Something that may help you decide is the tour company’s commitment to preserving the Antarctic environment. The International Association of Tour Operators provides operator guidelines aimed at minimizing the impact of tourism. The site publishes a list of members, however, membership however is not mandatory.

The South American Experience

penguinsSouth America is the most common departure point due to its close proximity to the Antarctic Peninsula, a thin finger of land that reaches out above the Antarctic Circle.

Most operators leave from Ushuaia and offer a range of itineraries, some of which may include sub-Antarctic islands. Additional activities such as kayaking, climbing, and scuba diving are available on itineraries to this part of Antarctica due to the more temperate climate of this region. Quark Expeditions and Peregrine Adventures are two companies that offer itineraries ranging from 8 – 31 days costing between $5,500 and $38,000 per person.

Other ports of departure exist such as Buenos Aires; however these are typically served by larger cruise ships that might not allow shore landings. Princess Cruises offers a 20-day scenic cruise costing between $3,500 and $5,000 twin share.

There are many sights to be seen on the Antarctic Peninsula including the Lemaire Channel whose waters are often as still as a lake. Deception Island is another unique experience offering up hot thermal waters from its volcanic caldera.

The Sub-Antarctic Islands such as South Georgia, South Orkney, King George and the South Shetland Islands provide wildlife experiences including whales, Chinstrap, King, Gentoo, Emperor and Macaroni Penguins, seals and sea birds.

The cruise season runs from October to March. Itineraries deeper into the Antarctic commence later in the season once the winter sea ice has retreated. Two great resources for Antarctic information and a (non-exhaustive) list of cruises by multiple operators are www.antarcticconnection.com and www.coolantarctica.com.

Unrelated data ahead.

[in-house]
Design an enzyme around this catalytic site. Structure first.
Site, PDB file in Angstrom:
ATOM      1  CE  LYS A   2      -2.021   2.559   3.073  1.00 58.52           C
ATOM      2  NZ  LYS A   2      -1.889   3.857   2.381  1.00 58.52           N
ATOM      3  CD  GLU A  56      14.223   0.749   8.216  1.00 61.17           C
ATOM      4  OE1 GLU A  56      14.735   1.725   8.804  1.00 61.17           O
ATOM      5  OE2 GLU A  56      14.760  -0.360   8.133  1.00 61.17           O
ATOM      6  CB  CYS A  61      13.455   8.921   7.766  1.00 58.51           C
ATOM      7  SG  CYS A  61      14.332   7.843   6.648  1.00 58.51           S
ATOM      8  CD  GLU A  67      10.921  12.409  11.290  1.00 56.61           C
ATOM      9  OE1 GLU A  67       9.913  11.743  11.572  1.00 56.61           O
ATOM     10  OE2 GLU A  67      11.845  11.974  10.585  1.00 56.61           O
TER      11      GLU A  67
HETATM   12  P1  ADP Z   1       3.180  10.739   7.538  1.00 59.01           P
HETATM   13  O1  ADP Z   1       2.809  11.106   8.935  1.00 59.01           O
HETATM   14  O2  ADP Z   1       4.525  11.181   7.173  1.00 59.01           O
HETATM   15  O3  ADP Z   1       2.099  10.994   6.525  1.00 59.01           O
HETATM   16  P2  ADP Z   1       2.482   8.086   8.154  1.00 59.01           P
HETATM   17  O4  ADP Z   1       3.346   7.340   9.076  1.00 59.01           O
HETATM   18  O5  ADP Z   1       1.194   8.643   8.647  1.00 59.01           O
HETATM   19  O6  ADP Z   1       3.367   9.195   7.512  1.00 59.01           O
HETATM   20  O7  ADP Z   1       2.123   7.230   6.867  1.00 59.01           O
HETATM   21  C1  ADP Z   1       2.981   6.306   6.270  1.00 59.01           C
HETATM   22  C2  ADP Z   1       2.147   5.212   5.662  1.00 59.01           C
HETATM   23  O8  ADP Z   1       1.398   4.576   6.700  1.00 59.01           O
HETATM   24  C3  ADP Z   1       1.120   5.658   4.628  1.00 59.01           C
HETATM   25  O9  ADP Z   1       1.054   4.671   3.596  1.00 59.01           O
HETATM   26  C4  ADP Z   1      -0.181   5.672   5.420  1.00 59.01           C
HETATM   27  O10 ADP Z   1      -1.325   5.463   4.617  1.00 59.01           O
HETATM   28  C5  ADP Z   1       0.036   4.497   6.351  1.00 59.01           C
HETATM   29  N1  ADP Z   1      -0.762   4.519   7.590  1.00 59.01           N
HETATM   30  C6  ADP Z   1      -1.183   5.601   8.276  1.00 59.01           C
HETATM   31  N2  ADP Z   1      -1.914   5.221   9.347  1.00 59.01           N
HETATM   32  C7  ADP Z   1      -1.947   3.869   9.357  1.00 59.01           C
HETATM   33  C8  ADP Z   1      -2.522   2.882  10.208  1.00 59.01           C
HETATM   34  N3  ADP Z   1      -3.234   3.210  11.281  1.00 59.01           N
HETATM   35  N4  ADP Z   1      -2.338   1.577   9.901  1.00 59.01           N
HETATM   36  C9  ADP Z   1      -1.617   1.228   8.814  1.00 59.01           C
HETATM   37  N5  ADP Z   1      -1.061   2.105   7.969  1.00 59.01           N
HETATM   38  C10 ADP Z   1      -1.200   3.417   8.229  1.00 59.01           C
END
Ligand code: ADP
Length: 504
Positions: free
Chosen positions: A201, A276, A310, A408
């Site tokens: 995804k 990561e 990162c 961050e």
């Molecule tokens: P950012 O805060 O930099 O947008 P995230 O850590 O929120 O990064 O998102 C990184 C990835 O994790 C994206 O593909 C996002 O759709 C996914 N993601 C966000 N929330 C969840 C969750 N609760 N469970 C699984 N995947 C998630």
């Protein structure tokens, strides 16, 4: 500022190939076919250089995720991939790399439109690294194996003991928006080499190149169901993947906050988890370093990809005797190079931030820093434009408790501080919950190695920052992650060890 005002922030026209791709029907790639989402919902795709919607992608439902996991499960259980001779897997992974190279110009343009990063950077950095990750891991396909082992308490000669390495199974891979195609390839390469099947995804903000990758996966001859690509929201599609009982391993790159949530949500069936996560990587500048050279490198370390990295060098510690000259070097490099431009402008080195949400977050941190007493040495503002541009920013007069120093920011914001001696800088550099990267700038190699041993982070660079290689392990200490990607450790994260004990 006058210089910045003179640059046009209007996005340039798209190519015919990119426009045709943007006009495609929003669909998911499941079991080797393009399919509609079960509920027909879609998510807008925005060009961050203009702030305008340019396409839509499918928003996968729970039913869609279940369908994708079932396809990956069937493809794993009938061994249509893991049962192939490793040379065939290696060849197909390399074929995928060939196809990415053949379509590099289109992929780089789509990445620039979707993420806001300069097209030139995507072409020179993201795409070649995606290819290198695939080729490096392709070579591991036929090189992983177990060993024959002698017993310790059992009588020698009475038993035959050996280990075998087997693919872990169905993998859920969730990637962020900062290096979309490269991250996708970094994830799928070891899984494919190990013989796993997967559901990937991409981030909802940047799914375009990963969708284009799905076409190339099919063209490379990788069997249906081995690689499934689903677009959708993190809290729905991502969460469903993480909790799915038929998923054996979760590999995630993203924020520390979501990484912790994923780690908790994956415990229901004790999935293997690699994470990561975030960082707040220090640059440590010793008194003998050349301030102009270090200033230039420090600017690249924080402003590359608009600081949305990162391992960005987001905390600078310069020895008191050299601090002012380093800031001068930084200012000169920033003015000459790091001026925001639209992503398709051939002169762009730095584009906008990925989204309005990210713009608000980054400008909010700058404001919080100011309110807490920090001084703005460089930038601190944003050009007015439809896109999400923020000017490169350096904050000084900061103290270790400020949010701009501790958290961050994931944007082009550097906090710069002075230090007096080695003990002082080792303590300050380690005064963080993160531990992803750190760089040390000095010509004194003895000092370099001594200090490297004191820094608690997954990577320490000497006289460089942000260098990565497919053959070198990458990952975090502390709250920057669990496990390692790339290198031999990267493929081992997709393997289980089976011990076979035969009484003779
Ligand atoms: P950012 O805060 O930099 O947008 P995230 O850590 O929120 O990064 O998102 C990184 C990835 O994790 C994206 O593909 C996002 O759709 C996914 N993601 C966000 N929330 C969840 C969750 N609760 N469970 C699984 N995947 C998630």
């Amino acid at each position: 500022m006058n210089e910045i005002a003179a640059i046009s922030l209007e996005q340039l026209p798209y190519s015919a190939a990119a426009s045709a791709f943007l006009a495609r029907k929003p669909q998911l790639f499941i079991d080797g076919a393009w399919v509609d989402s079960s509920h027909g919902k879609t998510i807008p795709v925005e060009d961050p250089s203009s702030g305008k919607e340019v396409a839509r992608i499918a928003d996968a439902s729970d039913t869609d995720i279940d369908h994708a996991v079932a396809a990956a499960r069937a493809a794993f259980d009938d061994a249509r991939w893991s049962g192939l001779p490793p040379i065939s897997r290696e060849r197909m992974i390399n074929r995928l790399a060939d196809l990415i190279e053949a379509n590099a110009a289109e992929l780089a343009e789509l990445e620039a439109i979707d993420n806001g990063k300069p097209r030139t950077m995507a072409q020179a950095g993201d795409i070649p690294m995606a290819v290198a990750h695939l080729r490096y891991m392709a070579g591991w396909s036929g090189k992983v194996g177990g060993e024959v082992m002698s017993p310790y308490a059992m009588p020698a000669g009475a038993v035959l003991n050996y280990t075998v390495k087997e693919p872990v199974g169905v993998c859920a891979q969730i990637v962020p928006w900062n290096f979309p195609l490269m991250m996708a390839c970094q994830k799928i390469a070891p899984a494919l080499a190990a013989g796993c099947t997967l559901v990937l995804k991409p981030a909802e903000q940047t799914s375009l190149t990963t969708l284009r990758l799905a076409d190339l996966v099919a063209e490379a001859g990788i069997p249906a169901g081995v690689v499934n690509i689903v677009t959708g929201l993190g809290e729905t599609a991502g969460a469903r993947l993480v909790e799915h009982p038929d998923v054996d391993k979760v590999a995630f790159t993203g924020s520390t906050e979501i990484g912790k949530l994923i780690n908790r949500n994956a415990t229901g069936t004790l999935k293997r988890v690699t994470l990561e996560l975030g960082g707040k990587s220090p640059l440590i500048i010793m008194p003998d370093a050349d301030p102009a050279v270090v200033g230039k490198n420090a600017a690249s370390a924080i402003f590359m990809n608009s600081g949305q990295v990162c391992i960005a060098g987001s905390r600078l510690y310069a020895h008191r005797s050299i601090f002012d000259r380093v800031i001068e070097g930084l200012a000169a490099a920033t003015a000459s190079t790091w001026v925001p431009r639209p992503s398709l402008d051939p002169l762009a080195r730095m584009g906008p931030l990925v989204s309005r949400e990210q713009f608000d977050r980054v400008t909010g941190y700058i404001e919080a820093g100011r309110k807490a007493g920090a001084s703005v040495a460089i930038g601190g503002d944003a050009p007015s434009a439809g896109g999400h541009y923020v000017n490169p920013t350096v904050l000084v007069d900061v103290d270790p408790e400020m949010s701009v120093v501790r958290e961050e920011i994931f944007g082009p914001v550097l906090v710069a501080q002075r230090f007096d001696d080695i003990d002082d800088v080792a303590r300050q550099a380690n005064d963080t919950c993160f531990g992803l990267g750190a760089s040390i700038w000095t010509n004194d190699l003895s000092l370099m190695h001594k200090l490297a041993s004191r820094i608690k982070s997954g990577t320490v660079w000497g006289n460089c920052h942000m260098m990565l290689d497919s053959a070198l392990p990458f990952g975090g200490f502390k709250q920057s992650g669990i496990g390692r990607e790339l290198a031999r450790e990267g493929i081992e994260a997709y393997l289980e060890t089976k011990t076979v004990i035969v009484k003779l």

The Australia & New Zealand Experience

iceburgAn alternative to expeditions that leave from South America, the trip from Australia or New Zealand to the continent is further and deeper. The continent is not reached until you cross the Antarctic Circle where you will be met by towering ice cliffs and the curving dome of the Antarctic plateau. You will also sail close to the magnetic South Pole, which causes compasses to go a bit crazy.

Itineraries include the Commonwealth Bay region and may extend as far and deep as the Ross Sea. Shore landings are offered at the French station at Dumont d’Urville and also at Cape Denison, the home of Mawson’s Huts. A unique experience, the interior of these historic huts has been left untouched since Mawson departed in 1914. They have also seen fewer visitors than the top of Mount Everest.

As the journey to the continent takes several days, tours typically include the sub-Antarctic islands of Snares, Enderby, Campbell, and Macquarie Islands. This not only breaks the journey up, but provides the opportunity to see wildlife that rivals South Georgia. There is also the opportunity to visit Australia’s permanent research station on Macquarie Island and possibly see the rarest of all penguins, the Yellow Eyed Penguin, on Enderby Island.

Other wildlife to be seen on trips from Australia and New Zealand includes Fur, Weddell, Crabeater and Elephant Seals; Hooker Seal Lions’ King, Gentoo, Royal, Rockhopper, Emperor and Adelie penguins; and whales and sea birds.

Quark Expeditions, Orion Expeditions, and Heritage Expeditions all offer itineraries departing from Australia and/or New Zealand. The season runs from December to March with trip durations of between 16 and 31 days and prices from $15,000 to $38,000 per person.

Photos by: goneforawander, mikehipp, Rita Willaert